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Posts tagged “immunology

A new view of the immune system

t cells

t cells

Pathogen epitopes are fragments of bacterial or viral proteins. Attached to the surface structure of cells, they prompt the body’s immune system to mount a response against foreign substances. Researchers have determined that nearly a third of all existing human epitopes consist of two different fragments. Known as ‘spliced epitopes’, these types of epitopes have long been regarded as rare. The fact that they are so highly prevalent might, among other things, explain why the immune system is so highly flexible.

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Children could point the way to new HIV treatments

HIV Aids

HIV Aids

Children with HIV who can resist the disease progressing could point the way to new treatments for HIV infection that are more widely applicable to infected adults and children alike, an international team of researchers has found.

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Potentially harmful chemicals widespread in household dust

toddlers playing

toddlers playing

Household dust exposes people to a wide range of toxic chemicals from everyday products, according to a new study. A multi-institutional team conducted a first-of-a-kind meta-analysis, compiling data from dust samples collected throughout the United States to identify the top ten toxic chemicals commonly found in dust.

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FAMIN or feast? Newly discovered mechanism influences how immune cells ‘eat’ invaders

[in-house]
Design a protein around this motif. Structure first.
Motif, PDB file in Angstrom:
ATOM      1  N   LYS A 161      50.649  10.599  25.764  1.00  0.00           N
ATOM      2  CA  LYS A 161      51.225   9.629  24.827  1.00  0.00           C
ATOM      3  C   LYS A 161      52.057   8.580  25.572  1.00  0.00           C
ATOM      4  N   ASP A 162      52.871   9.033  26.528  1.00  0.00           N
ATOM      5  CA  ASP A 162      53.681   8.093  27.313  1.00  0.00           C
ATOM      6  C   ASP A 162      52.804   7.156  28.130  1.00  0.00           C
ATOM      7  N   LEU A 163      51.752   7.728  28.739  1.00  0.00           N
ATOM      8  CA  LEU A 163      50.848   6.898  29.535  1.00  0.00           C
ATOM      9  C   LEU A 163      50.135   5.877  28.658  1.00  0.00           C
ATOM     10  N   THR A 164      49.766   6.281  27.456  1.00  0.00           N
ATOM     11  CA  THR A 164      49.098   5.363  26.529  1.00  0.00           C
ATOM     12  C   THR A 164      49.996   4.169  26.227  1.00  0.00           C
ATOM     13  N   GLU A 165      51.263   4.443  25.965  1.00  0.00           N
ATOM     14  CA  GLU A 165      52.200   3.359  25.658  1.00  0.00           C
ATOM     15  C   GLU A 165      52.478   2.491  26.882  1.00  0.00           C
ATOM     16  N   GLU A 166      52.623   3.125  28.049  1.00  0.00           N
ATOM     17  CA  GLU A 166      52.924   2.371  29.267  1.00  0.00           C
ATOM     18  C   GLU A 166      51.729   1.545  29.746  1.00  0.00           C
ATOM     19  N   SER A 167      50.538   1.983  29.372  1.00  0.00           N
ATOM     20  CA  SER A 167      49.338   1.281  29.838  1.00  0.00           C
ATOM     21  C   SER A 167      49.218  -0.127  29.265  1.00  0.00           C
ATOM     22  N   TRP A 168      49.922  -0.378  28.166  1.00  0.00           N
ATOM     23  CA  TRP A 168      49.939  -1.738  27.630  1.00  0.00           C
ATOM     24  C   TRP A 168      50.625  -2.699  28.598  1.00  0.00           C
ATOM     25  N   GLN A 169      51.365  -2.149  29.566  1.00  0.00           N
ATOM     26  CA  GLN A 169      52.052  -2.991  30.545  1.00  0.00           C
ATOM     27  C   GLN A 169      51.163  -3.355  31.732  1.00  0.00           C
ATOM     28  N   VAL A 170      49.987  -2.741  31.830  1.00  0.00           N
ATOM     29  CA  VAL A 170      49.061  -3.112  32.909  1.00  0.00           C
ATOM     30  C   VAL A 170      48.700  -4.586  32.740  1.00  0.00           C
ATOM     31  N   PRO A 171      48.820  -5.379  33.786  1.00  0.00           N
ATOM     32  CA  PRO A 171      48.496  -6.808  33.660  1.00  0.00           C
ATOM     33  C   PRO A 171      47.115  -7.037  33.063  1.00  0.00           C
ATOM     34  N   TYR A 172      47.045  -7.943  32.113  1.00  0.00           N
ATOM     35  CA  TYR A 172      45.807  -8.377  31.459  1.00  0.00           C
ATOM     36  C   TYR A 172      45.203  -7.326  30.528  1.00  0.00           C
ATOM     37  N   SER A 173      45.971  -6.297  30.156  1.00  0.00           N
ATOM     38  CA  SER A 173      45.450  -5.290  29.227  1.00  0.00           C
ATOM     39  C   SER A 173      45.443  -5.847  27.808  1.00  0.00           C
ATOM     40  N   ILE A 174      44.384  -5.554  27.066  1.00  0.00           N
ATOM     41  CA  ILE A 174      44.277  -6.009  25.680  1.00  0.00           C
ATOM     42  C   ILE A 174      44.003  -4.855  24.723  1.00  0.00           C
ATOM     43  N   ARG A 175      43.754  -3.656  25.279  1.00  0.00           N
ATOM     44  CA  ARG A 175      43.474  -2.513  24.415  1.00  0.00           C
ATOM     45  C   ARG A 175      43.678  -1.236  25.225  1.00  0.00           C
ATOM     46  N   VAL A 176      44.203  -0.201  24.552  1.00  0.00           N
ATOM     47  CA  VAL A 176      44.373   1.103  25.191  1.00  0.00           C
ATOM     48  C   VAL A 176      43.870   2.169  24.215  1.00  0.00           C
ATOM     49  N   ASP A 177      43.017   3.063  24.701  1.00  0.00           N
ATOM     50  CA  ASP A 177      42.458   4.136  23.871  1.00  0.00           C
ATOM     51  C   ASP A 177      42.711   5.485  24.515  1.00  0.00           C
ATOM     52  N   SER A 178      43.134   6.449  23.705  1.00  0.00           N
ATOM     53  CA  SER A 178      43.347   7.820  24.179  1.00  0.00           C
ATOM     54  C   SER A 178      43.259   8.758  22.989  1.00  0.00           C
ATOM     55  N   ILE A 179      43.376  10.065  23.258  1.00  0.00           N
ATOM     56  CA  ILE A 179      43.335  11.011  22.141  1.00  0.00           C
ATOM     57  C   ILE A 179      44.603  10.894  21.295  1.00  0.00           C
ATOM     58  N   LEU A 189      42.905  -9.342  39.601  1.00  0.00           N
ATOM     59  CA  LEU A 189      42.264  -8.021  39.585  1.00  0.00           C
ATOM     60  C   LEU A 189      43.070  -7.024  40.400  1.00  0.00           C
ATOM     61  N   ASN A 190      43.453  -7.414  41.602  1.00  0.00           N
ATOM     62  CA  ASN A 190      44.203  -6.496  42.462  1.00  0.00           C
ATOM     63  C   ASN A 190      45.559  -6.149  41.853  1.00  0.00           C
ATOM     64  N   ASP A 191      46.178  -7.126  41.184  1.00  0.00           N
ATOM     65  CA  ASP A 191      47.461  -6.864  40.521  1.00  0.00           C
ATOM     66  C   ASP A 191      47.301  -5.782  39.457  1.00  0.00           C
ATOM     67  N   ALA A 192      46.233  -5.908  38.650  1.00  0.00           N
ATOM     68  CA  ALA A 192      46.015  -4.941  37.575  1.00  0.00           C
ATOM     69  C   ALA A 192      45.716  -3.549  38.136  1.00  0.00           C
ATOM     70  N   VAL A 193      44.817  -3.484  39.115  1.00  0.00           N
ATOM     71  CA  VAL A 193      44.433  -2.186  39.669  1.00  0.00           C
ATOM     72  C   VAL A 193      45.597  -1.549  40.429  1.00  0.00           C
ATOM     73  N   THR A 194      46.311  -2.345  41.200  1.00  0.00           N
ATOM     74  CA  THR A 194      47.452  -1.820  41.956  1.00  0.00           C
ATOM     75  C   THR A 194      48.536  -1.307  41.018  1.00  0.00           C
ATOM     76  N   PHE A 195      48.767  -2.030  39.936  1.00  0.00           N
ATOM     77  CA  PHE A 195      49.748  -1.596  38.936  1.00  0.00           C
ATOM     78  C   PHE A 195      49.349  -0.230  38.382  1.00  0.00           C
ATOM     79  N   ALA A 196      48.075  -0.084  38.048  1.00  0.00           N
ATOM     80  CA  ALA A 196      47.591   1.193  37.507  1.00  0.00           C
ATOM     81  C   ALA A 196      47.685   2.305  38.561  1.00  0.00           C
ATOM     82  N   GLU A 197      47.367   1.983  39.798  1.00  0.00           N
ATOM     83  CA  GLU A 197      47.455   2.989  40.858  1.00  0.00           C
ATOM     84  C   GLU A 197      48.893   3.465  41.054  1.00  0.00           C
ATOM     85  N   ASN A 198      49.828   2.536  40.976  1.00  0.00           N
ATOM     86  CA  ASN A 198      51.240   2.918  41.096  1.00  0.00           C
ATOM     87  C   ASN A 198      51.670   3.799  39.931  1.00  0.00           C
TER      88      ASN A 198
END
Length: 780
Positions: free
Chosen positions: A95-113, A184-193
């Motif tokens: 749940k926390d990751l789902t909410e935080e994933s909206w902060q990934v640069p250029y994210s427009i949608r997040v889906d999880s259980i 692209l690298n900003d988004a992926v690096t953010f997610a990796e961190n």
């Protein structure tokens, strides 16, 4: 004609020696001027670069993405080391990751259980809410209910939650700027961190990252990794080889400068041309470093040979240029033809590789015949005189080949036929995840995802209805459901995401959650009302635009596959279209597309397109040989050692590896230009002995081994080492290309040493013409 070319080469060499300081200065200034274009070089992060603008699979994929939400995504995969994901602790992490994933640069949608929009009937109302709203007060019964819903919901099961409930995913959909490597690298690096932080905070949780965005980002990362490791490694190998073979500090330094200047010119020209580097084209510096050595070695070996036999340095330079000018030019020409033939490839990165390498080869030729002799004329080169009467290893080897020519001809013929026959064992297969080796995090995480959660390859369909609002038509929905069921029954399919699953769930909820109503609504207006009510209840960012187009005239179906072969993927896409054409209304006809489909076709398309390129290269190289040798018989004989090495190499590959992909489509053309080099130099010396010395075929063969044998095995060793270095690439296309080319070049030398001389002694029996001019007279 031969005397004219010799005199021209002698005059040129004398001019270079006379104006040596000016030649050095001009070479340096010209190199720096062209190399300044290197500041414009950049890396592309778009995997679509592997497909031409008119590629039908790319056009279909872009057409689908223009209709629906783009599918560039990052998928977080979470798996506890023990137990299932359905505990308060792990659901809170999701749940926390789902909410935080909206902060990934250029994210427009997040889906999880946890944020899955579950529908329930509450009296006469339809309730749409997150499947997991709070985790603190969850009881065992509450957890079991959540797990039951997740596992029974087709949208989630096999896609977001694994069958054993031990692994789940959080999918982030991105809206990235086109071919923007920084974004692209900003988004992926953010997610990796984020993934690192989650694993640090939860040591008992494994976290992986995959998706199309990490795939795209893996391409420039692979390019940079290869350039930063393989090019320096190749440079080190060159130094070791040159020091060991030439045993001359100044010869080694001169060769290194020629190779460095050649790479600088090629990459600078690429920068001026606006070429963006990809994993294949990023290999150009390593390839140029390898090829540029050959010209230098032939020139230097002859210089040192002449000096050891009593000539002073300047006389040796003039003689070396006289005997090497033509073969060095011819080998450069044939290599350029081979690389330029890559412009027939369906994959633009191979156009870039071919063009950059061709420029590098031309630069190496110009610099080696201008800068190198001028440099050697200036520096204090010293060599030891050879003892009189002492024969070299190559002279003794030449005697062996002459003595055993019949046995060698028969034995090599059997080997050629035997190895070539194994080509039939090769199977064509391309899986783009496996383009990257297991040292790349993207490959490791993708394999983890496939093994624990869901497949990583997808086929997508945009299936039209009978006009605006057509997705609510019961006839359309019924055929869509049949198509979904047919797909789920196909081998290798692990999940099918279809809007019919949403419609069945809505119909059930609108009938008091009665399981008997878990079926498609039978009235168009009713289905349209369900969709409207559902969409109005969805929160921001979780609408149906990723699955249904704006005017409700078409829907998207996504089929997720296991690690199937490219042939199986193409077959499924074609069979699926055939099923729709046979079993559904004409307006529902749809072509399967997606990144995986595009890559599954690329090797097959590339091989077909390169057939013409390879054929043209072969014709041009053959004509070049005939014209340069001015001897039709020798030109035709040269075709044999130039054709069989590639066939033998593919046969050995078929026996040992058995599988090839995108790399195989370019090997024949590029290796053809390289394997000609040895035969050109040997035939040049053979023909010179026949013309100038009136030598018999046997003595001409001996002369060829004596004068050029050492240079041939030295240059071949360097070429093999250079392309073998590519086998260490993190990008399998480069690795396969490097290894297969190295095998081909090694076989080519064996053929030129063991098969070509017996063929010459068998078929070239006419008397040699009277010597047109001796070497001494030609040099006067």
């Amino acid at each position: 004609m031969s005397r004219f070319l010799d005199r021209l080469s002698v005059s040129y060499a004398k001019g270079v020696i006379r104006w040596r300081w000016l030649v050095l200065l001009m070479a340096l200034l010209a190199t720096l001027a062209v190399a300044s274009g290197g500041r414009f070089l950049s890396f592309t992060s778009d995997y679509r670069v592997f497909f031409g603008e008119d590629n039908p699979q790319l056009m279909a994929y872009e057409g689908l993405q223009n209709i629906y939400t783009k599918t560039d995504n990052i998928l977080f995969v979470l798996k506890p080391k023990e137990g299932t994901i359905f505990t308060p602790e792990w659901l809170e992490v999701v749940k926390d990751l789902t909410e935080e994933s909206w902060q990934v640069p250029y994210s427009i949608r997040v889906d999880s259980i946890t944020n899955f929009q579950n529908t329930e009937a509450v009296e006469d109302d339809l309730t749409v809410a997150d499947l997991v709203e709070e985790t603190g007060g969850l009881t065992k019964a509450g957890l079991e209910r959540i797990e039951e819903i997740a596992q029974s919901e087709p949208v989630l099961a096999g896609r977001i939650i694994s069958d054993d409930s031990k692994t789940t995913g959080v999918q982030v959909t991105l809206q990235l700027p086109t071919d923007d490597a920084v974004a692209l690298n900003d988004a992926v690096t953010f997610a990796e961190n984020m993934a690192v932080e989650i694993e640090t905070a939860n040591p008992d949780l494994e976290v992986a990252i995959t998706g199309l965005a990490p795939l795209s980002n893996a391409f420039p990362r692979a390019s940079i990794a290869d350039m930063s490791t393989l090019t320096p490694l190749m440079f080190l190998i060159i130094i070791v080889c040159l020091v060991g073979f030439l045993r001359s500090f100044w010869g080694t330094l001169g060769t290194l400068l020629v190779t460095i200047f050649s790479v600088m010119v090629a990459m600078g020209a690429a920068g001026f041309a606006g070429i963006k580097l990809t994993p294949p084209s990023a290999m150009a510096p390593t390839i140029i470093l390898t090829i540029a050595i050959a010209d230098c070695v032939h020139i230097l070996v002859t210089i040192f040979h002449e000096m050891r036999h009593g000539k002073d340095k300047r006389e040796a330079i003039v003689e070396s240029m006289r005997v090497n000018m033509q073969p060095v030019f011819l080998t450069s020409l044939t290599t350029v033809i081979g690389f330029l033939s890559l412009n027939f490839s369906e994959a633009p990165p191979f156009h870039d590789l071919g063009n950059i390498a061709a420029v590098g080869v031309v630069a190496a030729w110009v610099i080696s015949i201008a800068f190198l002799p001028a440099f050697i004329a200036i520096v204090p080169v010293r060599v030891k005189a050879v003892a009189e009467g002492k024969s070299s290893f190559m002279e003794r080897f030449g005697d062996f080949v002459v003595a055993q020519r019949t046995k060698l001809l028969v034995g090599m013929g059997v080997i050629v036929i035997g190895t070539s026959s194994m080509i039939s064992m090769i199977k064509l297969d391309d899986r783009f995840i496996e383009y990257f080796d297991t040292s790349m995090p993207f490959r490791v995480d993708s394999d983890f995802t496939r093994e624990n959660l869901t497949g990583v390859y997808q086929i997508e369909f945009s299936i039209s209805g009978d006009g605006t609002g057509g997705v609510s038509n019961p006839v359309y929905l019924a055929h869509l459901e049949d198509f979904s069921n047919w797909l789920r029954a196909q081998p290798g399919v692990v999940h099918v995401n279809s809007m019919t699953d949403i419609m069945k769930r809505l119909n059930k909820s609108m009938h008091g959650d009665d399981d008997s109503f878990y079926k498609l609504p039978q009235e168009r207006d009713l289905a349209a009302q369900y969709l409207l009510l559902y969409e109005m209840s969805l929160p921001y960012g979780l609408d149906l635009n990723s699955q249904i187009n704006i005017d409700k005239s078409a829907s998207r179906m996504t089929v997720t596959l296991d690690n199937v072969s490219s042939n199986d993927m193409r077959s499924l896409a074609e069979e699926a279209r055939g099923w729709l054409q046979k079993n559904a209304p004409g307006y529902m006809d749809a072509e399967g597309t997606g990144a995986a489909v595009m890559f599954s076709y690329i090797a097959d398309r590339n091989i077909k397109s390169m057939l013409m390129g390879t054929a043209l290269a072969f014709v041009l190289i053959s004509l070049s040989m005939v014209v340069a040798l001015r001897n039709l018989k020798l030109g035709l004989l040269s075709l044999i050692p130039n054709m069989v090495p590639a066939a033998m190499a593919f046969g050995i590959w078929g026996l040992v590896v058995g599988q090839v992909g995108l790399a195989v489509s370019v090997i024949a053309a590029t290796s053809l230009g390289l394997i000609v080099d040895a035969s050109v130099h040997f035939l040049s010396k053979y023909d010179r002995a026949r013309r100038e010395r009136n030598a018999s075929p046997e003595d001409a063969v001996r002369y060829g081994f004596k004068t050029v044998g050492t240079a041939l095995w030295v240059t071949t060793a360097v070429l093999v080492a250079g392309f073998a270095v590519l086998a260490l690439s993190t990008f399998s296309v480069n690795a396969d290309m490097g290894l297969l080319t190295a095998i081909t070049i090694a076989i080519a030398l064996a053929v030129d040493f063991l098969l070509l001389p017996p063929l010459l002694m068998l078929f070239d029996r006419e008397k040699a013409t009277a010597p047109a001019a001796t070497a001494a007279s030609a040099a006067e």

macrophage

macrophage

A new mechanism that affects how our immune cells perform – and hence their ability to prevent disease – has been discovered by an international team of researchers. To date, researchers have identified hundreds of genetic variants that increase or decrease the risk of developing diseases from cancer and diabetes to tuberculosis and mental health disorders.

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Tracking how HIV disrupts immune system informs vaccine development

HIV awareness ribbion

HIV awareness ribbion

One of the main mysteries confounding development of an HIV vaccine is why some people infected with the virus make the desired antibodies after several years, but a vaccine can’t seem to induce the same response.

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“Shocking” new role of the immune system: Controlling social interaction

social interaction today
social interaction today

Image credit goes to: The awkward Yeti

In a startling discovery that raises fundamental questions about human behavior, researchers have determined that the immune system directly affects – and even controls – creatures’ social behavior, such as their desire to interact with others. So could immune system problems contribute to an inability to have normal social interactions?